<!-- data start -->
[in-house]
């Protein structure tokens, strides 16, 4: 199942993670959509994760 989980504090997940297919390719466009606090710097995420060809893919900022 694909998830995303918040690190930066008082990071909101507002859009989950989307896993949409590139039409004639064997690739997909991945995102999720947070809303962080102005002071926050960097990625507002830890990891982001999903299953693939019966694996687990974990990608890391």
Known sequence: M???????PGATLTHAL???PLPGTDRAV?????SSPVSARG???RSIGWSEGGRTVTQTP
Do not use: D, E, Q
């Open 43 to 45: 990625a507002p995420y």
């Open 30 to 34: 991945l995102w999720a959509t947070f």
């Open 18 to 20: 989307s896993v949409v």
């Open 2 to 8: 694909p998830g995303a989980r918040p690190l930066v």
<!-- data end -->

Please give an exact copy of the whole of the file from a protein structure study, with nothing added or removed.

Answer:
[in-house]
């Protein structure tokens, strides 16, 4: 199942993670959509994760 989980504090997940297919390719466009606090710097995420060809893919900022 694909998830995303918040690190930066008082990071909101507002859009989950989307896993949409590139039409004639064997690739997909991945995102999720947070809303962080102005002071926050960097990625507002830890990891982001999903299953693939019966694996687990974990990608890391």
Known sequence: M???????PGATLTHAL???PLPGTDRAV?????SSPVSARG???RSIGWSEGGRTVTQTP
Do not use: D, E, Q
């Open 43 to 45: 990625a507002p995420y």
């Open 30 to 34: 991945l995102w999720a959509t947070f």
């Open 18 to 20: 989307s896993v949409v």
């Open 2 to 8: 694909p998830g995303a989980r918040p690190l930066v």